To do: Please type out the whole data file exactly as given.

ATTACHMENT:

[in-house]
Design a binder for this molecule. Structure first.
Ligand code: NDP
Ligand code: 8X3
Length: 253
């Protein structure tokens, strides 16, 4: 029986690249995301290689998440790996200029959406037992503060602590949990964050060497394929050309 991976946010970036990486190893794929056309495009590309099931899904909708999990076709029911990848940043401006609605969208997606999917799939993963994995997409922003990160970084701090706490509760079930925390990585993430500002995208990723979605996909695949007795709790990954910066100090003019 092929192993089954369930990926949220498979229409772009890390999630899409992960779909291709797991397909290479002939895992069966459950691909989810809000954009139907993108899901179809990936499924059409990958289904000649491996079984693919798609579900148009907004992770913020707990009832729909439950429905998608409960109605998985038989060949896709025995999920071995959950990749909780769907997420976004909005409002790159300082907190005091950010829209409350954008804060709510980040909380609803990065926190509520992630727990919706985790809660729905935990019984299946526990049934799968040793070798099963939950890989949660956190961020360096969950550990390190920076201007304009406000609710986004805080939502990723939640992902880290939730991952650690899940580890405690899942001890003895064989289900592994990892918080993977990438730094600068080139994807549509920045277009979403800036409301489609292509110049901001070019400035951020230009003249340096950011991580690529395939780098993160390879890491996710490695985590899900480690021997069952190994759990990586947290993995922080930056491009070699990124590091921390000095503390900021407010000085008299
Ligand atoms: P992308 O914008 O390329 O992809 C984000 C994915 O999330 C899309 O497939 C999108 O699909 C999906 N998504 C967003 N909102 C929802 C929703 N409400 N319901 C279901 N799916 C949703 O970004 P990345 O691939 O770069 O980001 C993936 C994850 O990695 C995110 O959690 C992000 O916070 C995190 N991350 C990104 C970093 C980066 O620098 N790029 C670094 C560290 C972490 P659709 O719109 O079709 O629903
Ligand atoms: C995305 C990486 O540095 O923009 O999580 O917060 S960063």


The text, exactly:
[in-house]
Design a binder for this molecule. Structure first.
Ligand code: NDP
Ligand code: 8X3
Length: 253
């Protein structure tokens, strides 16, 4: 029986690249995301290689998440790996200029959406037992503060602590949990964050060497394929050309 991976946010970036990486190893794929056309495009590309099931899904909708999990076709029911990848940043401006609605969208997606999917799939993963994995997409922003990160970084701090706490509760079930925390990585993430500002995208990723979605996909695949007795709790990954910066100090003019 092929192993089954369930990926949220498979229409772009890390999630899409992960779909291709797991397909290479002939895992069966459950691909989810809000954009139907993108899901179809990936499924059409990958289904000649491996079984693919798609579900148009907004992770913020707990009832729909439950429905998608409960109605998985038989060949896709025995999920071995959950990749909780769907997420976004909005409002790159300082907190005091950010829209409350954008804060709510980040909380609803990065926190509520992630727990919706985790809660729905935990019984299946526990049934799968040793070798099963939950890989949660956190961020360096969950550990390190920076201007304009406000609710986004805080939502990723939640992902880290939730991952650690899940580890405690899942001890003895064989289900592994990892918080993977990438730094600068080139994807549509920045277009979403800036409301489609292509110049901001070019400035951020230009003249340096950011991580690529395939780098993160390879890491996710490695985590899900480690021997069952190994759990990586947290993995922080930056491009070699990124590091921390000095503390900021407010000085008299
Ligand atoms: P992308 O914008 O390329 O992809 C984000 C994915 O999330 C899309 O497939 C999108 O699909 C999906 N998504 C967003 N909102 C929802 C929703 N409400 N319901 C279901 N799916 C949703 O970004 P990345 O691939 O770069 O980001 C993936 C994850 O990695 C995110 O959690 C992000 O916070 C995190 N991350 C990104 C970093 C980066 O620098 N790029 C670094 C560290 C972490 P659709 O719109 O079709 O629903
Ligand atoms: C995305 C990486 O540095 O923009 O999580 O917060 S960063």